Editorial: Igor Gouzenko Defects to Canada

A knock on the apartment door froze him in his steps. Another knock, louder, more insistent. The knocking turned to pounding. A voice called his name several times. Finally, the pounding stopped, and he heard footsteps going down the stairs. He knew he needed help.



Igor Gouzenko
Igor Gouzenko on television, 1966. Over half of the convictions under the Official Secrets Act were a result of Gouzenko's defection.

"He” was Igor Gouzenko, a cipher clerk at the Soviet embassy in Ottawa. It was 6 September 1945, the day after he left the embassy for the final time following weeks of carrying secret documents home under his clothes. Soviet agents had come to take him in. Gouzenko was protected by three of his Canadian neighbours, who got him and his family to safety, called the police and told the agents when they returned that the Gouzenkos were away.

Gouzenko asserted that the Soviet Union maintained an extensive spy ring in Canada, aimed mostly at obtaining atomic secrets. Furthermore, Gouzenko warned, the Soviets were not allies but were planning world domination. Gouzenko’s revelations shattered the innocence of the naive Canadian populace. His defection initiated the Cold War between the Soviets and the West and led to the creation of NATO and the Warsaw Pact.

Gouzenko’s autobiography, This Was My Choice, details Russian life under Stalin. The conditions young Igor faced are unfathomable to most Canadians. Deprivation and poverty took its toll on the Soviet people. They were worn down by the cruelty and tyranny of the Communist government; its history includes purges, concentration camps, mass executions and torture.

The apartment in Ottawa where Soviet spy Igor Gouzenko lived. 

Growing up, Igor learned to keep his mouth shut, trust no one and do as he was told. A student at Moscow’s Architectural Institute, he was conscripted and sent to the Kuibishev Military Engineering Academy of Moscow. Distinguishing himself, he was sent to the Higher Intelligence School of the Red Army. As a cipher student learning to decode secret messages, he realized that his access to secrets made him both valuable and dangerous to the government, a fact that informed his defection.

Gouzenko was transferred to Soviet Military Intelligence (GRU) headquarters in Moscow, where he observed a network of Communist spies from all over the world. He was sent to Ottawa in 1943. In Canada he found a land of plenty, a land he did not want to leave when he learned he would be sent back to Moscow. He also discovered the extensive spy ring operated by Colonel Zabotin.

When Gouzenko left the embassy on 5 September, he knew he had to act quickly before he and the documents were missed. He encountered disbelief and a bureaucratic shuffle as he and his family trudged back and forth between government offices. Fearing for their lives, they returned dejectedly to their apartment. That night, watching men who were watching his apartment from across the street, Gouzenko knew their situation was desperate. He turned to his neighbour for help.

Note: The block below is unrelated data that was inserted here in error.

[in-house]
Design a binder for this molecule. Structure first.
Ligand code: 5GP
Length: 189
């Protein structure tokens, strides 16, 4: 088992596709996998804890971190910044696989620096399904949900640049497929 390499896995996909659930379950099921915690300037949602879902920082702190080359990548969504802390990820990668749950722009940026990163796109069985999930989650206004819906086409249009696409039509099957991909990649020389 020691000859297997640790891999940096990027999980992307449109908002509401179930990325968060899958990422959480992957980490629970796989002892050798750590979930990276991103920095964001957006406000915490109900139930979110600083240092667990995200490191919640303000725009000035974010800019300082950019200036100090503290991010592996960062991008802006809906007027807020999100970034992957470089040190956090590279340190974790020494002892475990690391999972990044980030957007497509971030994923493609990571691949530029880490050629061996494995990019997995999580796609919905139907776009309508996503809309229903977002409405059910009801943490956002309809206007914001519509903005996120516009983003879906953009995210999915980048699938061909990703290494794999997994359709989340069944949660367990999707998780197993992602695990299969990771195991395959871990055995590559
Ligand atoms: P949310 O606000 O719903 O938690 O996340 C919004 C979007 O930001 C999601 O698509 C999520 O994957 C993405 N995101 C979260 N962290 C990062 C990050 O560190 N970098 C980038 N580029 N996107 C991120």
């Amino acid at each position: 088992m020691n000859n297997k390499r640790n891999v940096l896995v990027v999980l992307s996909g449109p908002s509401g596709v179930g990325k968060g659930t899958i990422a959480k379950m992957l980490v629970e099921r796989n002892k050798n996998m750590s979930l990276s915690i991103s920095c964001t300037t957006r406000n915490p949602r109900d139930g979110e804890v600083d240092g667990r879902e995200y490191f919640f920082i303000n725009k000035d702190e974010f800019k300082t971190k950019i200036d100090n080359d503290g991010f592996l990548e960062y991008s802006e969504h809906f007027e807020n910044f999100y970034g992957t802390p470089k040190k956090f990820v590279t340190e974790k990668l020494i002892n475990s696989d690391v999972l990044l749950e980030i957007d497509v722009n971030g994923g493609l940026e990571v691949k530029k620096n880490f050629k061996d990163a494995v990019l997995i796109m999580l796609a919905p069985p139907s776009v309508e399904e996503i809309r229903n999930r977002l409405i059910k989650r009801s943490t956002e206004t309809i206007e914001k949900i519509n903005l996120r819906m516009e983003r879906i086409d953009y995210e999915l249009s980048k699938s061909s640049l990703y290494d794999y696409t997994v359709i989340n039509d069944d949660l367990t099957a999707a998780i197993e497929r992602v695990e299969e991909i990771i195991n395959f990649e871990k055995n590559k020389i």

It turned out that the Canadian officials had listened but took the time to check out the allegations. On 7 September, the Gouzenkos were given political asylum. Within a month, they were taken to Camp X, a top-secret spy training school near Whitby, Ontario.

Camp X Buildings
Camp X Buildings, 1942, photographer unknown.

The government’s investigation took months. Using the War Measures Act as legal justification, the RCMP arrested 13 suspects by 16 February 1946. Seven were convicted. On 14 March, 26 other Canadians were arrested for spying, including MP Fred Rose. Eleven were convicted, 10 acquitted and five set free without indictment.

Among those implicated by Gouzenko’s documents was Egerton Herbert Norman, an External Affairs official hotly pursued by US Red-hunters; and Lester B. Pearson, then secretary of state for external affairs, who ardently protected Norman. Gouzenko maintained that Pearson had Communist leanings, an allegation supported by Elizabeth Bentley, a Soviet double agent who later withdrew her testimony.


Historians argue about the state of Pearson’s loyalty. While some regard Gouzenko as a hero to the West, others accuse him of being a mercenary or a traitor. Gouzenko’s reply would be that he “had a duty to the millions enslaved and voiceless in Russia.” At the very least, he was an opportunist who made a better life for himself and his family, though he did not enjoy the freedom we take for granted. He lived the rest of his life in Mississauga under police protection. He died in 1982.

In the end, what Gouzenko did was pay homage to Canada, democracy and freedom. He risked his and his family’s lives to embrace what we accept as a birthright.

See also Official Secrets Act; Russian Canadians.


Further Reading

  • Amy Knight, How the Cold War Began: The Gouzenko Affair and the Hunt for Soviet Spies (2005).
  • William Stevenson, Intrepid’s Last Case (1983).
  • L.D. Cross, Spies in Our Midst: The Incredible Story of Igor Gouzenko, Cold War Spy (2005).
  • Igor Gouzenko, The Iron Curtain (1948).
  • Gordon Lunan, The Making of a Spy: A Political Odyssey (1995).
  • J.L. Granatstein and David Stafford, Spy Wars: Espionage and Canada from Gouzenko to Glasnost (1990).